David Benzel Interview


April 1, 2012

   In The Loop Articles

The following is an interview with David Benzel, founder of Growing Champions for Life. David Benzel has produced four webinars for the PSA, available in our online store, and will be presenting at the PSA Conference in Boston.

1. Briefly describe what you plan to share with the coaches at conference.

I want to spend time exploring and discussing several key issues:
• How coaches can create the most positive learning environment possible
• Why motivating athletes often doesn’t work and what we can do about it
• How coaches can gain high levels of commitment and loyalty from their athletes.

2. What experience do you have working with figure skating coaches?

The Skating Club of Boston has been my only experience so far. I’ve had considerably more experience with gymnastics, tennis, and soccer coaches.

3. Why is it important to focus on an athlete’s life journey and success in addition to their success in sport?

When we look at most sport careers in the context of an athlete’s whole life, it’s a relatively short chapter in a larger story. Yet, it is a chapter that often has defining elements for how an athlete thinks of himself/herself for years to come. For this reason a coach’s influence can have far-reaching effects on an athlete’s life journey. Many athletes battle emotional and psychological demons throughout their adult lives due to their youth sport experience during important formative years. Coaches have an important role to play due to their influence at that time. Secondly, if coaches want to win championships, they better get busy growing champions – and that’s a character building endeavor as much as it is a skill building endeavor.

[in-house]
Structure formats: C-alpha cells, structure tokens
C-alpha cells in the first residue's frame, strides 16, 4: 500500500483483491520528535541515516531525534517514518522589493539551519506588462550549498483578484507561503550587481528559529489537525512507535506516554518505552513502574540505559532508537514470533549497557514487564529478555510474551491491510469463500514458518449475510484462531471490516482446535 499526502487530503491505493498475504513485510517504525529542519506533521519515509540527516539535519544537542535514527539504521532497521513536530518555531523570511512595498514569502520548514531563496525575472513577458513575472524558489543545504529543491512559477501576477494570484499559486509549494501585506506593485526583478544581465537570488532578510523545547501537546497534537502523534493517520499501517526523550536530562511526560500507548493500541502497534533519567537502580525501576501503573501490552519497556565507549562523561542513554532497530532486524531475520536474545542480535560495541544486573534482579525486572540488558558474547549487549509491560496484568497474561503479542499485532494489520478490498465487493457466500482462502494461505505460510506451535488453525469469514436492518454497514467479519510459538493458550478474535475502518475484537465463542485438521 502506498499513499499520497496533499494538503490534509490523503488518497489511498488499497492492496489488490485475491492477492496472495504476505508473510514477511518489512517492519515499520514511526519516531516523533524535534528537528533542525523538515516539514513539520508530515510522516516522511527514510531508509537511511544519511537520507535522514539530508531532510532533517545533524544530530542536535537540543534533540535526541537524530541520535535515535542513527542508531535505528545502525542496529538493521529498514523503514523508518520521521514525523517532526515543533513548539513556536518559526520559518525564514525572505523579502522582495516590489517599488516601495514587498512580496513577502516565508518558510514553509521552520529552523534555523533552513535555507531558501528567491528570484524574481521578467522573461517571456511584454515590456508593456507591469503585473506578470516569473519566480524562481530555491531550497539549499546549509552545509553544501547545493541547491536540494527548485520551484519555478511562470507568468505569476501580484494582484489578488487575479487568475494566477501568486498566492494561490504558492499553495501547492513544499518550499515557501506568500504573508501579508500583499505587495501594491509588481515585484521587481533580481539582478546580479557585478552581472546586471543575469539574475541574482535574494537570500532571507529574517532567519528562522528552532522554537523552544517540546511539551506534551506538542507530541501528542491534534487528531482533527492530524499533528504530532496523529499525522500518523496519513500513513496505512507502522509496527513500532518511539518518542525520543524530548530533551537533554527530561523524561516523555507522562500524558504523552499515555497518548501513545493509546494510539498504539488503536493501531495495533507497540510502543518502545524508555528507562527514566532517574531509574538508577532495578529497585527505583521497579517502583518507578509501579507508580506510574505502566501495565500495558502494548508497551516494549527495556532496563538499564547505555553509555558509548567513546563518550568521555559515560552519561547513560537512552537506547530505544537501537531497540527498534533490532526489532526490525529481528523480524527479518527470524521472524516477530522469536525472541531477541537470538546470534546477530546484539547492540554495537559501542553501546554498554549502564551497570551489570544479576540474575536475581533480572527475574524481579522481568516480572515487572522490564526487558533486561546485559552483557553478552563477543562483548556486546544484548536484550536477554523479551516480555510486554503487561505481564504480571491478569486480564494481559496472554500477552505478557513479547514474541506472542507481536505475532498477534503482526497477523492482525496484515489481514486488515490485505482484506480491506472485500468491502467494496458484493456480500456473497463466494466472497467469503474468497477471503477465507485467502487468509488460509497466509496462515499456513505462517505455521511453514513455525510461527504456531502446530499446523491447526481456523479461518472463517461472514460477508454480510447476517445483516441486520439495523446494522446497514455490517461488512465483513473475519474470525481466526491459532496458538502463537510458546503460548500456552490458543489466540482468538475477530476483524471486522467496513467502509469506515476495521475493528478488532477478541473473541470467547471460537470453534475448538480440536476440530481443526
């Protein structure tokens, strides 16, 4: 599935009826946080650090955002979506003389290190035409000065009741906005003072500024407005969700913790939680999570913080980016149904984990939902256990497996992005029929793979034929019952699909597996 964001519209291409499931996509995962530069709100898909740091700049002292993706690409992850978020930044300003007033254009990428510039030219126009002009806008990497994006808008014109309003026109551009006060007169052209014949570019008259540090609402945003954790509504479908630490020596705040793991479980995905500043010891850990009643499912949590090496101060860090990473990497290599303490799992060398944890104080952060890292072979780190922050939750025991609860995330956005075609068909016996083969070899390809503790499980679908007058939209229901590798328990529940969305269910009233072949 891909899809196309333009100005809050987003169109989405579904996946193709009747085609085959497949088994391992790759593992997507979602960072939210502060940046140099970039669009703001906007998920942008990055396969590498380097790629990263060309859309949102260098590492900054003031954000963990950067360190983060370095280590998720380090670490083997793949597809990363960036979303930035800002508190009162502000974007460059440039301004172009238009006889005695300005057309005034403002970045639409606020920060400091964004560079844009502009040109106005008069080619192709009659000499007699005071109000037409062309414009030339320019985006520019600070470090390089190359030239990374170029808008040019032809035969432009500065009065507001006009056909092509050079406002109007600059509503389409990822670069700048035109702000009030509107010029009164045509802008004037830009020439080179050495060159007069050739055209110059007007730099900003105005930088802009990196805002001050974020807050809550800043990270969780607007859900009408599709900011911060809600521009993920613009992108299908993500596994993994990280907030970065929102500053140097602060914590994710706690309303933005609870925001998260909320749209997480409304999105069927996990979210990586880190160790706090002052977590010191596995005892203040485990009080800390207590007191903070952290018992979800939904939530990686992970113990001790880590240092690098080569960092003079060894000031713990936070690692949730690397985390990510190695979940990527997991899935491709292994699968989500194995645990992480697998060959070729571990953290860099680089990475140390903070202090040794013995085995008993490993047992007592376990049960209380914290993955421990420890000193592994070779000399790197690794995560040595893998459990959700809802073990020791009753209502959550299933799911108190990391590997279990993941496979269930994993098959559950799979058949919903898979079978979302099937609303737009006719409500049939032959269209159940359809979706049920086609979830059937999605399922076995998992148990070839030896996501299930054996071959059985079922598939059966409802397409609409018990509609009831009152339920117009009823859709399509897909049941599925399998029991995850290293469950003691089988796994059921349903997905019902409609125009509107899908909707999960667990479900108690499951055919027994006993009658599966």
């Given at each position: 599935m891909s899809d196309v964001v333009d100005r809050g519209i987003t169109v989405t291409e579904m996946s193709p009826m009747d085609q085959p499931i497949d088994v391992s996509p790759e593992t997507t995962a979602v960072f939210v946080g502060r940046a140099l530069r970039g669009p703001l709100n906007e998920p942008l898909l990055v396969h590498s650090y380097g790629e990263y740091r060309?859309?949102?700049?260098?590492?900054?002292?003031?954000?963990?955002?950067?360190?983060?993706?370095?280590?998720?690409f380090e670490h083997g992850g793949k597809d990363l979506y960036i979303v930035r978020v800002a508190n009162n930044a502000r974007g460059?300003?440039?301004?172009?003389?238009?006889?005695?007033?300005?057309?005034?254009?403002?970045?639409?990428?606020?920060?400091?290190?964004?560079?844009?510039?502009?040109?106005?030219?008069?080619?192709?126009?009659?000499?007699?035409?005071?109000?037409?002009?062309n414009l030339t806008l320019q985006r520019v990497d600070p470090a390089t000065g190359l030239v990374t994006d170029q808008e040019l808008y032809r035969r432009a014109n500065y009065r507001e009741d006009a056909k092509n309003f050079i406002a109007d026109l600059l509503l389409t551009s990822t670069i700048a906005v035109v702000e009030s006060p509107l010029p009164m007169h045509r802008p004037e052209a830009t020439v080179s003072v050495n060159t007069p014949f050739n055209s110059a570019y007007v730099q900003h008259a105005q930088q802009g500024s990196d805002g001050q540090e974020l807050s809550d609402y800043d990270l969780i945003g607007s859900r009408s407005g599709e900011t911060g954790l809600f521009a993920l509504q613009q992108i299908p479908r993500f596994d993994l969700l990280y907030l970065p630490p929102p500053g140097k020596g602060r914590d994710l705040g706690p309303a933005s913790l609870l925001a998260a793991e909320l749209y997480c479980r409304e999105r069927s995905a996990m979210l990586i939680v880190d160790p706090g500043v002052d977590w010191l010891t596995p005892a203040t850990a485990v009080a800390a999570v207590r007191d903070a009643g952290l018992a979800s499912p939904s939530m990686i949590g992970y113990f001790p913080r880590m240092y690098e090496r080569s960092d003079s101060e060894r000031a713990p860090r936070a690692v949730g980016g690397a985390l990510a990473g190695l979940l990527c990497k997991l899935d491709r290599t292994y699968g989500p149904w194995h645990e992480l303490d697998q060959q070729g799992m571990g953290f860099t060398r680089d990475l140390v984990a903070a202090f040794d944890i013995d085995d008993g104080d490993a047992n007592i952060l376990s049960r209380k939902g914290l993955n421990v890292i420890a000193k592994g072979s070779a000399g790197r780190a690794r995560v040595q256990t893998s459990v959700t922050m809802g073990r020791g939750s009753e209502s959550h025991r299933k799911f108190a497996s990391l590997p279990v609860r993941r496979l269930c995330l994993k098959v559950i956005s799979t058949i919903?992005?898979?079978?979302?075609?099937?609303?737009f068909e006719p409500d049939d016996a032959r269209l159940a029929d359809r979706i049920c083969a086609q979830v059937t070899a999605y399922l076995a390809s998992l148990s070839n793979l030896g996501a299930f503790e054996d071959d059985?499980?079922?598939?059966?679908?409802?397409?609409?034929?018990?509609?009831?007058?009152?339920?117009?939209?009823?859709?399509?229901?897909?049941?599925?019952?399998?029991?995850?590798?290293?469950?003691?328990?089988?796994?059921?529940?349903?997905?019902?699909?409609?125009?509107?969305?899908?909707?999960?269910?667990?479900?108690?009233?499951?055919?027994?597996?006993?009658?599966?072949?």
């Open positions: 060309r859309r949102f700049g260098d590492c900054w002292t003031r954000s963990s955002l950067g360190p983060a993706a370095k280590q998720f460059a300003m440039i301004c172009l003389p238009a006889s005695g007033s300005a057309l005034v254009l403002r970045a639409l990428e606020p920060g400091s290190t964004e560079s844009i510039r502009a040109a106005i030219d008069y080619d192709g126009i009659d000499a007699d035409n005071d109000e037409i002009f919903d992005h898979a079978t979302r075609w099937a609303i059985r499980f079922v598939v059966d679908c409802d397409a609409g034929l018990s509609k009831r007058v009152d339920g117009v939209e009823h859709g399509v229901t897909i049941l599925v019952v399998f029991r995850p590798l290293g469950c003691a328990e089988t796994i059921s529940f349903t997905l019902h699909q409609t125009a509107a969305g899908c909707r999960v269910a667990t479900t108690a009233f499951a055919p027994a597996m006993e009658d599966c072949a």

4. How can coaches help an athlete think positive when they are struggling with a skill?

Many coaches have more expertise in the cause and effect of “doing” than in the cause and effect of “thinking.” Consequently, the proportion of time spent instructing “doing” greatly outweighs instruction on “thinking.” Coaches will be more effective in this area when their coaching includes how the brain works so athletes learn to use their thinking in the most constructive way. This includes a change in how athletes use language. Ironically, the truth is that many athletes are “thinking” way too much! In many cases athletes would benefit from learning to “be” instead of “do” or think. To think positively is better than to think negatively, but it’s only the tip of the iceberg when it comes to using the power of our brains.

5. What advice do you have for coaches dealing with non-supportive parents?

Communicate, communicate, and communicate! Fundamentally, all parents love their children and want the best for them. When they behave in non-supportive ways toward coaching decisions or strategies, it’s always due to either the fear or the pride than from insufficient understanding. In the absence of good information, parents make up stuff. Parents are almost always supportive to the degree that they trust a coach. Coaches who choose not to communicate will have difficulty building the necessary levels of trust with parents. Frequent communication about strategies, expectation, boundaries, progress, and roles can help get everyone on the same page.

6. How can athletes keep a good balance of their sport and their life outside the sport?

The athletes who most successfully balance sport and life have been taught by their parents and coaches that skating is something they do, it is not who they are. In addition, they’ve been taught to appreciate who they are in the other arenas of life. For this reason, children perceive their true value in many social contexts and are not limited to defining themselves only by what they do on the ice. Balance is the by-product of that perspective.

7. How can coaches keep skating fun and increase retention rates as skills become more difficult?

Adults coaching kids can become the most UN-fun people on the planet! Kids know how to have fun – that is, until adults suppress the fun out of them. Coaches who build in “play time” and who ask their athletes how to make practice fun will discover that even hard work can be turned into fun. In that environment, retention rates go up and skating